God desires that we seek forgiveness?
Psalm 32; Matthew 18:21-35
God desires that we seek forgiveness, because God is a God of relationships, and is committed to relationships. God knows our human weaknesses and our self-destructive nature, and that our relationships tend to be fragile. Broken relationships come out of our sinful nature and our fallen world, which seeks its own gain. God's desire is to show the world our potential. Because of what Christ has done for us, we should not take pleasure in destructive situations, those that divide and draw relationships apart. Relationships are what life is all about! Satan seeks to destroy relationships. His first attempt was in the Garden of Eden, nearly defeating our relationship with God and with one another. God's plan is to prove Satan wrong, and, our call is to build one another up, not destroy one another.
When we have been wronged, we experience feelings of betrayal, and consider retaliation to be justified. God calls us out of retaliation and into reconciliation. When we fail to forgive, we are the ones who suffer the most. Anger, resentment, shame, bitterness, contempt, and defensiveness all synergistically build on top of one another, so every segment within us is held hostage with these emotions. We are chained like a dog on a leash, unable to reach the destination we desire, what Christ has for us. Do not allow the bitterness to continue so that it festers, corrupting your whole being. The bitterness must not take hold in your life, or it will block the flow of the Holy Sprit and self-controlling love. Or else, the festering will continue to the point that Christ is crying out to us in the wilderness, yet we do not hear Him.
Our Lord is alerting us to the perils of being unforgiving, just as the call of red alert in the TV show, "Star Trek," warns its crew of impending danger. If we do not heed the warning, our emotions will run wild, and we will no longer have control or composure, unable to recognize who we are in Christ. Thus, the anger and the uncontrolled emotions will become controlled by Satan. The red alert has been ignored, and our ship has been destroyed! Your relationship(s) have been destroyed!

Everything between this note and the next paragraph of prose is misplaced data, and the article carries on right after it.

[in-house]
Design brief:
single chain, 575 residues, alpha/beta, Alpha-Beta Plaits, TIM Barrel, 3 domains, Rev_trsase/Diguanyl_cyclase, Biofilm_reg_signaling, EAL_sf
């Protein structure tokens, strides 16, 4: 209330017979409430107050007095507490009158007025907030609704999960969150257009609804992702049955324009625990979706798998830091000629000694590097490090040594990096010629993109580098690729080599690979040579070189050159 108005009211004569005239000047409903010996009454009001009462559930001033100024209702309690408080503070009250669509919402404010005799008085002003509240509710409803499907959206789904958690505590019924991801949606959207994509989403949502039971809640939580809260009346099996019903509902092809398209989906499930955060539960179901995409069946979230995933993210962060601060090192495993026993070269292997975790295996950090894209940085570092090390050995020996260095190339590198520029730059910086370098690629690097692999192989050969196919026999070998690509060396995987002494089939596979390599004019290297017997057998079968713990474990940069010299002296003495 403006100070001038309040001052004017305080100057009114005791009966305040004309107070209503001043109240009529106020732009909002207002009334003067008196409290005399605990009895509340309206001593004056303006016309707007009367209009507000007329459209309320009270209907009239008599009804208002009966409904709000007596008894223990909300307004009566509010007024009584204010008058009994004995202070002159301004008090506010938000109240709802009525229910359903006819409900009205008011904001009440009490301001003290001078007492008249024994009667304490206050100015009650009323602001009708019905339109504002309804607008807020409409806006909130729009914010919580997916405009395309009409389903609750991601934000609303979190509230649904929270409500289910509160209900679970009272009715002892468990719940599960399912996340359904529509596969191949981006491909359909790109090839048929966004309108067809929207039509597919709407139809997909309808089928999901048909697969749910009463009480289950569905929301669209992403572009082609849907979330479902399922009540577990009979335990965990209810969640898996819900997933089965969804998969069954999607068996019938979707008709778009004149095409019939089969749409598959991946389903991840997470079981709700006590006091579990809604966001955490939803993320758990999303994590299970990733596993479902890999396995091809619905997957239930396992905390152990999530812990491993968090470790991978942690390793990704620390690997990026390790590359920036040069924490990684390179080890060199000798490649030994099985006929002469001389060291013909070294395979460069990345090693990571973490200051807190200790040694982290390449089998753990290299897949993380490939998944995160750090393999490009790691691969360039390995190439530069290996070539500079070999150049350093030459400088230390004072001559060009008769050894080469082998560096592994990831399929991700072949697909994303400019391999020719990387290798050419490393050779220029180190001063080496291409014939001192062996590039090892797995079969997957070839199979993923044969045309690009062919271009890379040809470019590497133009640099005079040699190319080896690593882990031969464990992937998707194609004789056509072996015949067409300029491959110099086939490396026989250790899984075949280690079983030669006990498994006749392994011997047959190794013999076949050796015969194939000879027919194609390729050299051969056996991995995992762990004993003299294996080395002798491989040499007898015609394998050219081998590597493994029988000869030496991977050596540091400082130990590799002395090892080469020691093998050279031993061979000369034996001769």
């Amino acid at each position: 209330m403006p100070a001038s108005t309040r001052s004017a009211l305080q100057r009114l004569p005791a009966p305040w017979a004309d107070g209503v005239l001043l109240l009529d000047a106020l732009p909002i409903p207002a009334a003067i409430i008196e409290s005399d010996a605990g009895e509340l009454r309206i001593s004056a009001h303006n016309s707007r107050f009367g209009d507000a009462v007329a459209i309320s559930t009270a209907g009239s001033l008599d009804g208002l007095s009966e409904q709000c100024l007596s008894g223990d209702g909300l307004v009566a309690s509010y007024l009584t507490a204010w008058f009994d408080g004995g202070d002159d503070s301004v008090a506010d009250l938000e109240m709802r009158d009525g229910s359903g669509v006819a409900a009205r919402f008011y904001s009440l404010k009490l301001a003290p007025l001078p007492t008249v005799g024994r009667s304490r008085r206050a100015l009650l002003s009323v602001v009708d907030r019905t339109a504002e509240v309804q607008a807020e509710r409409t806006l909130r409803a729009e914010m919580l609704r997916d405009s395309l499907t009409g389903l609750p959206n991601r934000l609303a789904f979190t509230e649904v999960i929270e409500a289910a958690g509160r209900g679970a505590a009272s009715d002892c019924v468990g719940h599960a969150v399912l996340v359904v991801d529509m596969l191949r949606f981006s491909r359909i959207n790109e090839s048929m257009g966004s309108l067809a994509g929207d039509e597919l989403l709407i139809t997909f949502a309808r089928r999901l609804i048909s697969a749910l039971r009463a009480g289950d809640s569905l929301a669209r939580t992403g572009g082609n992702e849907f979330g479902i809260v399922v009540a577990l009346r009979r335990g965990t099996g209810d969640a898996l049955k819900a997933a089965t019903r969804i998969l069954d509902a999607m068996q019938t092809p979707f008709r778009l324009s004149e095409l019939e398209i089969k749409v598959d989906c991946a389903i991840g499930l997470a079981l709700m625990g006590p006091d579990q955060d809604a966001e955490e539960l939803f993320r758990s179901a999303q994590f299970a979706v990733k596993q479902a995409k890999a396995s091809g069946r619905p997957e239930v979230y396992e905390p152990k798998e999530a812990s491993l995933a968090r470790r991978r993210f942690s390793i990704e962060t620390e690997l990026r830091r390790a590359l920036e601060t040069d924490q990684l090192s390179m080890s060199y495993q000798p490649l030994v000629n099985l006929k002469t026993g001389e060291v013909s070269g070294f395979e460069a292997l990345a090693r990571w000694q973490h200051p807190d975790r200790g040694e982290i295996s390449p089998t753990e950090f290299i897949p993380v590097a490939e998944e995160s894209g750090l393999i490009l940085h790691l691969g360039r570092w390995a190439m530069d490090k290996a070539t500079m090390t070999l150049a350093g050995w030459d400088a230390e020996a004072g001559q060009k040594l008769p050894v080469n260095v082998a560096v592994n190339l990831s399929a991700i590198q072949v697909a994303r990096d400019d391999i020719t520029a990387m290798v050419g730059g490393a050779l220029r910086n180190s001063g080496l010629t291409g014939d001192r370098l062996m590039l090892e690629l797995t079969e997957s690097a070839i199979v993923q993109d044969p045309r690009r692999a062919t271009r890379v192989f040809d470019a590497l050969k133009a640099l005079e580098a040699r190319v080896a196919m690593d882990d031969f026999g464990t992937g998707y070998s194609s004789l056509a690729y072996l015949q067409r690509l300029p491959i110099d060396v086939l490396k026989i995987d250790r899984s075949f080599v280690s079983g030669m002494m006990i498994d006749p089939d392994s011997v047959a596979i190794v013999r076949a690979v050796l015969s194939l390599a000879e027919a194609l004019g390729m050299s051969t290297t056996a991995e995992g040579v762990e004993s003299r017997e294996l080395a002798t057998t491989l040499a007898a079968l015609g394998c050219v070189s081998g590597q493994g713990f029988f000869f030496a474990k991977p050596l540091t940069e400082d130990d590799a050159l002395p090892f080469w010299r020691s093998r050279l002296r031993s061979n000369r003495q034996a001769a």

This passage in Matthew, chapter eighteen, is a story of a forgiving king and a wicked servant. The king forgave this servant's enormous debt, which is a parallel to our enormous debt of sin that we held until Christ forgave us. This servant represents the Believer, who, after experiencing the forgiveness of God, did harbor bitterness to another, and then refused to forgive his fellow Christian (or a non-Christian) for a much, much smaller debt. The king became furious, and handed the servant over to be tortured. The Bible is telling us that if we refuse to forgive one another, and continue to harbor bitterness, we can be tortured, too. My personal experience is when I have refused to forgive people in the past, I have become consumed with feelings of guilt and shame, and this is a torture I can do without. I feel much better, and sleep much better with an attitude of forgiveness; I cannot think well or sleep well with an attitude of bitterness. Why would a Christian want to go through life with feelings of bitterness, which consume him with misery and unrest, instead of giving it to the Lord, and receiving forgiveness and rest?
How can we go through our Christian life and experience, and rationalize our actions and deeds, only to face our Lord later at the judgment? By what point are we to make, by what feeling are we to base, by what hope do we have? When we have the knowledge of God's mercy, then we have the responsibility of acting with mercy toward one another (2 Corinthians 5:21).
God calls Christians to operate in the parameters of forgiveness, love, and mercy. And, when we have not been forgiving, we will have a heart filled with suffering and torment. How can we receive Christ's forgiveness, and claim Christ as our Savior, when we are unable to forgive one another? When we have a forgiving attitude, then we will have a heart at rest and in peace!
1. Why does God desire that we seek forgiveness?
2. How do broken relationships come about for you?
3. Why does God call us out of retaliation and into reconciliation?
4. Why do you suppose that relationships are what life is all about? How does forgiveness play a part in this?
5. When you fail to forgive, who suffers the most?
6. How have you seen anger, resentment, shame, bitterness, contempt, or defensiveness build in you because of being hurt?
7. Have you ever felt held hostage with these emotions? How can forgiveness help?
8. Have you ever been wronged or experienced feelings of betrayal? Have you desired or considered retaliation? Would you have been justified? How does these feeling line up to these passages?
9. Because God is a God of relationships, how can you be better committed to building better relationships?
10. How do you feel that God knows your weaknesses and self-destructive nature, and that relationships tend to be fragile?